of current practice (Order No. 3711619).
Kennedy, A. (2015). Faculty perceptions of the usefulness of and participation in professional
development for online teaching: An analysis of faculty development and online teaching satisfaction (Order No. 3722998).
Rhodes, D. & Thayer, K. (2016, September 8). Illinois public universities have fluctuating
enrollment after difficult year. Chicago Tribune. Retrieved from
Tyrrell, R. (2015). Exploring the Needs and Perceptions of Online Faculty towards Faculty
Professional Development: A Qualitative Study. University of California, Los Angeles.
Would you like to be featured in our next newsletter? CAES would love to highlight the accomplishments of GSU faculty! Whether you have a recent research project to share, an instructional strategy that you have found successful, or a recent success story with your students, we want to know! Please send us an email to explain why you or one of your colleagues should be in the SPOTLIGHT!
Please send a brief description (1-3 paragraphs), along with the complete name (and photograph if you’d like), of the faculty member to email@example.com.
Please check out the CAES BLOG!
We are looking to have short blog entries that are related to educational issues in technology or media. We are also open to trends in Higher Ed that are relevant to online teaching & learning.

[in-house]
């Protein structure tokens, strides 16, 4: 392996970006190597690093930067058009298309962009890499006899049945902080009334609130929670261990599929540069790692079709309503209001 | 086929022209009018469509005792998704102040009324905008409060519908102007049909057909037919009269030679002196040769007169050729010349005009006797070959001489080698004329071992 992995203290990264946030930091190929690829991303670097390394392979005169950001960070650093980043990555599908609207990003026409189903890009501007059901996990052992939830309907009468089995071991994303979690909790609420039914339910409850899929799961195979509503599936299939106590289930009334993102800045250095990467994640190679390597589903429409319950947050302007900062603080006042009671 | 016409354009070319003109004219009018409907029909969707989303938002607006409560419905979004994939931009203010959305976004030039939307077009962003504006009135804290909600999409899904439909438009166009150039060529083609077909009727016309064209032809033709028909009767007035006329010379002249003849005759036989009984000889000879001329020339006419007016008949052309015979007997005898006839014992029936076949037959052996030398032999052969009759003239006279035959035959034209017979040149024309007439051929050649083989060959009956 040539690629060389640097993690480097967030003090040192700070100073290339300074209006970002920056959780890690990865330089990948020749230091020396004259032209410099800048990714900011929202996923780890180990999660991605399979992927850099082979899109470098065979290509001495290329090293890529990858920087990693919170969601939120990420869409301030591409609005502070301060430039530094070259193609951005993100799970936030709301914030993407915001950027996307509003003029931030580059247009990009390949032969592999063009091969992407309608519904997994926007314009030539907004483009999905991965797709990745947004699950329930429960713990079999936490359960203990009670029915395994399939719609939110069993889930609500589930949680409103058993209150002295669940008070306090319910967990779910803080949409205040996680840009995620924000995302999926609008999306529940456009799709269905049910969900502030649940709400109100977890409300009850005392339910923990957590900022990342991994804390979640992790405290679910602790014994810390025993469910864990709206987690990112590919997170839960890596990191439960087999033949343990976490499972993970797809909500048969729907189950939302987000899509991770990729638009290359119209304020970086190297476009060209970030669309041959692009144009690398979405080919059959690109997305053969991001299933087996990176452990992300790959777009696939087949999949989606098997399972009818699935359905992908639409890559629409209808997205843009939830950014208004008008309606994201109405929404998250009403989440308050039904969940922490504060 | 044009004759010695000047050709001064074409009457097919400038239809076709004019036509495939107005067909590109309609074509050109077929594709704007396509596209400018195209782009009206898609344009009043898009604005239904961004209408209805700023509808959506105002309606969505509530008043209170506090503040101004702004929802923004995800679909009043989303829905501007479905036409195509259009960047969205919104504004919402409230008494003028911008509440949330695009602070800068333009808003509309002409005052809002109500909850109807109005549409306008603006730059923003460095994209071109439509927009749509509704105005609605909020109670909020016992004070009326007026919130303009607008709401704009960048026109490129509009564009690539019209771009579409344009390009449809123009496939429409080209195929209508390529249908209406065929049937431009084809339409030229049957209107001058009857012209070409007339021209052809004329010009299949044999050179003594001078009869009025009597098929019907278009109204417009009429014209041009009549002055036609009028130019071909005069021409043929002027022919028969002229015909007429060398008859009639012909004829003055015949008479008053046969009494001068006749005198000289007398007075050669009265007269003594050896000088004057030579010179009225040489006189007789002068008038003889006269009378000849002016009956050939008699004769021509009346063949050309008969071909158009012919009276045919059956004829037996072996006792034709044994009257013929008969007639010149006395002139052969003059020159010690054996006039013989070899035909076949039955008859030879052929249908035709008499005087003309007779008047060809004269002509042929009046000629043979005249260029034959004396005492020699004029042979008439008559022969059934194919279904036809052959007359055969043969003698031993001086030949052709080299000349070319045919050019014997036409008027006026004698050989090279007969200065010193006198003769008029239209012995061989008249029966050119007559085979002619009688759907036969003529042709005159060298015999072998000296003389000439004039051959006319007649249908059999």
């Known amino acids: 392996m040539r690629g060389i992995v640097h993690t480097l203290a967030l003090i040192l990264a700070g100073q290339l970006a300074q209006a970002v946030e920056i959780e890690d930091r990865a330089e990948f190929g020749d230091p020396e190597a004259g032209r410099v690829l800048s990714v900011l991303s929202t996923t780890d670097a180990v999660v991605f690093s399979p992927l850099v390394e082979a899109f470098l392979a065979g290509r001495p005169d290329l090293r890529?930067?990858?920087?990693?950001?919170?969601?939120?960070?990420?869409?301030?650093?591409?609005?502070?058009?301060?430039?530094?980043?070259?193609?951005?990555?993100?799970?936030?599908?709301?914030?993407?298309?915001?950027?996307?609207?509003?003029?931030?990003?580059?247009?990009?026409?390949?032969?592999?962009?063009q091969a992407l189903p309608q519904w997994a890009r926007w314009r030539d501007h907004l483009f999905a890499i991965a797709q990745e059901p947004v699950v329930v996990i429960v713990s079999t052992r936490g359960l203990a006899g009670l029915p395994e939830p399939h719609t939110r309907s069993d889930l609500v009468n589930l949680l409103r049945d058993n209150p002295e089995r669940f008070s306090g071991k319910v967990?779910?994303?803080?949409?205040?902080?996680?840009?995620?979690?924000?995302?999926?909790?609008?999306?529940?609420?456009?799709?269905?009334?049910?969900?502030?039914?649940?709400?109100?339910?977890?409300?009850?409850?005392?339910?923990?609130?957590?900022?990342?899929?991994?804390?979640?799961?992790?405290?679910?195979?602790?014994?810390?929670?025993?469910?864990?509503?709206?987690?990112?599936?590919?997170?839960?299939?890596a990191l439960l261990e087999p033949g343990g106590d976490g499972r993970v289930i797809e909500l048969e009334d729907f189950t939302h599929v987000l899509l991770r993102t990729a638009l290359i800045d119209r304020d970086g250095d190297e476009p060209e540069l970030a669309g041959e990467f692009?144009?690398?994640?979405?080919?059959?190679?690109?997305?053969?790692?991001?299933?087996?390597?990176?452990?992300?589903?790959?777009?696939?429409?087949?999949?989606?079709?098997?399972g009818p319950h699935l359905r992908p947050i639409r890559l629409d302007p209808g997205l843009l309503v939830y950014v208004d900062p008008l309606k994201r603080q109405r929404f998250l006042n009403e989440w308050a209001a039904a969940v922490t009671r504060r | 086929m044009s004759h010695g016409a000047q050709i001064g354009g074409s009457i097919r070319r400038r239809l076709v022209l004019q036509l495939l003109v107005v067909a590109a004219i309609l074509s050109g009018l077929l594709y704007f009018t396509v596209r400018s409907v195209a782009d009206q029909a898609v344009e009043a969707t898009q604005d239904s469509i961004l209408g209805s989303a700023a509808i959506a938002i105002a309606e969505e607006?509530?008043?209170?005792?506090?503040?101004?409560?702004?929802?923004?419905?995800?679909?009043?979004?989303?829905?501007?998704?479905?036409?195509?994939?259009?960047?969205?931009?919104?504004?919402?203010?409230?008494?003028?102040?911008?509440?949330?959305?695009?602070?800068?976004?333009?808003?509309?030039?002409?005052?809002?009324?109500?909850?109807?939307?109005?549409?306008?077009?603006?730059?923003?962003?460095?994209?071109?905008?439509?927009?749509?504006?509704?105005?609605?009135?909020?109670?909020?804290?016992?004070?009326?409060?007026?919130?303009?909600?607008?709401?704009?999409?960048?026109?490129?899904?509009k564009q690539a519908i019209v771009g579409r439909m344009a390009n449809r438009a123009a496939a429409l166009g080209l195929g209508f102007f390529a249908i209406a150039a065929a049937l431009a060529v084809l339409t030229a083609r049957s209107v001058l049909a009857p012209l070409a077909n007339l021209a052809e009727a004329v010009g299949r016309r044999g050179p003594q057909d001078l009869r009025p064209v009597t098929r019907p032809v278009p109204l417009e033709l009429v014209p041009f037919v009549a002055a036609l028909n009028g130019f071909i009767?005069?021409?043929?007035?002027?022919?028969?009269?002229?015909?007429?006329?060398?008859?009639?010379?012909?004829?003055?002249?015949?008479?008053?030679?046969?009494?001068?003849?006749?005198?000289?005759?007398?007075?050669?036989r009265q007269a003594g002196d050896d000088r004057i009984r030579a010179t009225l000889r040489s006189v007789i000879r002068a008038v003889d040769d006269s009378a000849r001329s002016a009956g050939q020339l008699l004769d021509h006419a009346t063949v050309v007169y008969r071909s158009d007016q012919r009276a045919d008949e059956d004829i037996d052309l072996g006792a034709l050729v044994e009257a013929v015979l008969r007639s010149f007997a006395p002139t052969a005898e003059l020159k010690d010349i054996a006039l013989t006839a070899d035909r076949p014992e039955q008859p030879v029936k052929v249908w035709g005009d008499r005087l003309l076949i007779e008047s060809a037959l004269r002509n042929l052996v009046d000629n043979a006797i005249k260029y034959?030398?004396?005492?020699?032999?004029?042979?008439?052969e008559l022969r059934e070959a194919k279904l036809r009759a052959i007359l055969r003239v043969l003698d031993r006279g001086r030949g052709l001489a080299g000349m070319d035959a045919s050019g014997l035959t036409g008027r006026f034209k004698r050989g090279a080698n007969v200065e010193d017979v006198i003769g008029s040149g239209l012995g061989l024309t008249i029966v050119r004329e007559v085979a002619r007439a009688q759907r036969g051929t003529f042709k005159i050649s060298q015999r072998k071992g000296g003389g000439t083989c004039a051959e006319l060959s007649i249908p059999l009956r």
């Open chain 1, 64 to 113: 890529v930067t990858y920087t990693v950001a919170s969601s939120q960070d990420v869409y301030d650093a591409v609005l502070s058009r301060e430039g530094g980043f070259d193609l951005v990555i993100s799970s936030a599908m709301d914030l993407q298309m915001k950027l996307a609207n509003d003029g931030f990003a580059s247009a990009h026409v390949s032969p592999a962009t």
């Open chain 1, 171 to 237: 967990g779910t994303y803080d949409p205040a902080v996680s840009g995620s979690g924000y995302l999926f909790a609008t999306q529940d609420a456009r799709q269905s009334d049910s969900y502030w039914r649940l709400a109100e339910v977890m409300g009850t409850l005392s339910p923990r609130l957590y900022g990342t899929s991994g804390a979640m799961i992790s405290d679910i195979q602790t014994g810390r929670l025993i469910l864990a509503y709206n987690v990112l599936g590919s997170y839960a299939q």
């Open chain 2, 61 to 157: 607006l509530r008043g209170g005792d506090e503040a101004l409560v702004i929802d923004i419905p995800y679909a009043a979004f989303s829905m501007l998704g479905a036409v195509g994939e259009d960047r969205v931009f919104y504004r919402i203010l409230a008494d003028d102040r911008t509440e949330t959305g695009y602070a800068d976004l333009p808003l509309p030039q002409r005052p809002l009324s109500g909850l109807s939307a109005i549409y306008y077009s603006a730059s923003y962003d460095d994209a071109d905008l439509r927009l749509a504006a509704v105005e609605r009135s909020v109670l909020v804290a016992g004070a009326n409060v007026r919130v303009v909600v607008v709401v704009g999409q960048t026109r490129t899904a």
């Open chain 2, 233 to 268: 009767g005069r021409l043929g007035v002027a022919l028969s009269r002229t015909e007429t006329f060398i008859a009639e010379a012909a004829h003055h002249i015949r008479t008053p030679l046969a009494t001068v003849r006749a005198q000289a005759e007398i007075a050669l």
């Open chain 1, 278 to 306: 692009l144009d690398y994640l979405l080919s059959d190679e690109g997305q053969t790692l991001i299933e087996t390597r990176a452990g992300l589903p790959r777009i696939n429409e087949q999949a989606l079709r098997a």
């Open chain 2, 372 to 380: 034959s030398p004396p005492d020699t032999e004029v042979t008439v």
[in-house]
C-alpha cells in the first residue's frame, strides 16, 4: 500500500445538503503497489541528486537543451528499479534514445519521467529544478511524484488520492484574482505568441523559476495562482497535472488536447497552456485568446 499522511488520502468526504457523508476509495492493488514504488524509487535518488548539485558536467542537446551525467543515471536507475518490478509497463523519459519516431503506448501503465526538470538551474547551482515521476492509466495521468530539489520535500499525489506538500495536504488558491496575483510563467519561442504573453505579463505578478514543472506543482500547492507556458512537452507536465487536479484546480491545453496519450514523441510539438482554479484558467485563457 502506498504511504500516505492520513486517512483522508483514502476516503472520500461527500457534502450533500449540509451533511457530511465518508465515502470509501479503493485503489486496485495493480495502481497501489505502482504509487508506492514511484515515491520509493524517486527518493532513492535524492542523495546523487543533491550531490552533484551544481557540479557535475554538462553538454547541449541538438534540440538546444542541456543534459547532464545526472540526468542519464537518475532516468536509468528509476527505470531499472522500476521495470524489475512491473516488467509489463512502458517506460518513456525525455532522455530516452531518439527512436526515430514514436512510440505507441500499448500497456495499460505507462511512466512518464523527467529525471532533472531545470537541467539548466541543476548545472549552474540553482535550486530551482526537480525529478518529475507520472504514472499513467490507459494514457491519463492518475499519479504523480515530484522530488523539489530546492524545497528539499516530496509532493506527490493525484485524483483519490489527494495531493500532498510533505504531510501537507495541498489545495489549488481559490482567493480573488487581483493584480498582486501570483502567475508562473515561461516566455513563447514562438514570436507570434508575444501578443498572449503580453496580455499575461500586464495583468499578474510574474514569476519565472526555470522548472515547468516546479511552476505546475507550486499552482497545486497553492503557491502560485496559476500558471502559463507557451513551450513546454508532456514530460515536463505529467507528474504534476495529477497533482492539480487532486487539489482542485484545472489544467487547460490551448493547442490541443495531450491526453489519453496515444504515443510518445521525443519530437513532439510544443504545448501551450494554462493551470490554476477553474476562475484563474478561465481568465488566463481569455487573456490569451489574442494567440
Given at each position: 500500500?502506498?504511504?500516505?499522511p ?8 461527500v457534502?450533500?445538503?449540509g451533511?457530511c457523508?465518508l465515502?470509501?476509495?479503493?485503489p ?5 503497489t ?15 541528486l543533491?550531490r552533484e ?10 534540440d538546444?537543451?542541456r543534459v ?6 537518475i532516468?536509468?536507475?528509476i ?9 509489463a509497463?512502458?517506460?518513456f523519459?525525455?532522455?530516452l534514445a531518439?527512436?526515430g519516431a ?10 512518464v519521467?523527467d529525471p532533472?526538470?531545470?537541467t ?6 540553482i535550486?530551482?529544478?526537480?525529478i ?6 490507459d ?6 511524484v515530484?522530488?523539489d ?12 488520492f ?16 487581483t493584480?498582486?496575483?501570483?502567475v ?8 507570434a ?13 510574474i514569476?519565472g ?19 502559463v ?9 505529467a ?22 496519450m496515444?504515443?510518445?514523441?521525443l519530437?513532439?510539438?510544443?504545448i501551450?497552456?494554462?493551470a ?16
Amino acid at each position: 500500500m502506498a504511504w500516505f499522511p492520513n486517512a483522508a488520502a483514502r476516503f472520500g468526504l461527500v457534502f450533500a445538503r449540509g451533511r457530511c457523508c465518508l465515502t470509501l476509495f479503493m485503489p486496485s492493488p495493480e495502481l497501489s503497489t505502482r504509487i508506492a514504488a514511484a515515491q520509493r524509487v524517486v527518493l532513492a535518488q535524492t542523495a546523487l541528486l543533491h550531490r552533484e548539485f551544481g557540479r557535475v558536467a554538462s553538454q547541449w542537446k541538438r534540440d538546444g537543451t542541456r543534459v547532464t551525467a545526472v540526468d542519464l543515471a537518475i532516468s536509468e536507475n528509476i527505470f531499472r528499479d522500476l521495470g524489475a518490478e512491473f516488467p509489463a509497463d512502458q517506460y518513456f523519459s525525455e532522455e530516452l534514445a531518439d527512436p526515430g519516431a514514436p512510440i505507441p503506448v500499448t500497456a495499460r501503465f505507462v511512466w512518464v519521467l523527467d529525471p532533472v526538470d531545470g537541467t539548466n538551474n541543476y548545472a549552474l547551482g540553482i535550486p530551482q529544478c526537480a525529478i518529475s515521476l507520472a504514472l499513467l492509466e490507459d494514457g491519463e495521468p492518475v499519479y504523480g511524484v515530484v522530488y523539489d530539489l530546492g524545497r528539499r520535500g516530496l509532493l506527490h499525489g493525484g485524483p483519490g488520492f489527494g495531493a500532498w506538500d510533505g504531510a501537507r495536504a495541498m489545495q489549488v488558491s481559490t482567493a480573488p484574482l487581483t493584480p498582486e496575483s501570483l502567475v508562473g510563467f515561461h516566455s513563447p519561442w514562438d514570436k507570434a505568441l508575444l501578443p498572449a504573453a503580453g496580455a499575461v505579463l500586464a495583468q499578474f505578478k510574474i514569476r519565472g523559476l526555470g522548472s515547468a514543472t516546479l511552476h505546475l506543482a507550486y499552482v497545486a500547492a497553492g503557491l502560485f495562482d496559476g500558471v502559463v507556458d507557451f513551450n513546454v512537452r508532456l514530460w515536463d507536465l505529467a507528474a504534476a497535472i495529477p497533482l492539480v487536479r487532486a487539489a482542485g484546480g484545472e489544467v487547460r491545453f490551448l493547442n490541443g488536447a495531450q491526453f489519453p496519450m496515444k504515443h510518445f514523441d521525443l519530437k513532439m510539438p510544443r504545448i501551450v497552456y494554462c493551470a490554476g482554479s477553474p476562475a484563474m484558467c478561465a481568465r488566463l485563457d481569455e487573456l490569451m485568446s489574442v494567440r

If you would like to submit a blog entry, please email firstname.lastname@example.org by Fridays. Blogs will be updated every Tuesday or Thursday!
Faculty Development Advisory Committee (FDAC)
Dr. Ben Almassi, Assistant Professor of Philosophy and Social Sciences, Division of Arts and Letters, CAS
Dr. Andrae Marak, Dean of the College of Arts and Sciences
Dr. Bradley Smith, Associate Professor of English, Division of Arts and Letters, CAS
Dr. Ujvala Rajadhyaksha, Assistant Professor of Management, Division of Management, Marketing, & Entrepreneurship, COB
Dr. Frances Kostarelos, Professor of Anthropology and Sociology, Division of Arts and Letters, CAS Mrs. Shirley Comer, Senior Lecturer of Nursing, Department of Nursing, CHHS
Newly elected FDAC members:
Dr. Nicole Warmington-Granston, Assistant Professor of Political and Social Sciences, Division of Arts and Letters, CAS
Dr. Katy Hisrich, Assistant Professor of Early Childhood Education, Division of Education, CE
Mr. Charles Nolley, Director of Digital Learning and Media Design (Library representative, TBA)
Meet the CAES Team!
Please contact a member of the CAES team for one-on-one course development assistance!
Nikki LaGrone, M.Ed.
Online Instruction Specialist
Doug Johnson, B.S.
Digital Learning Specialist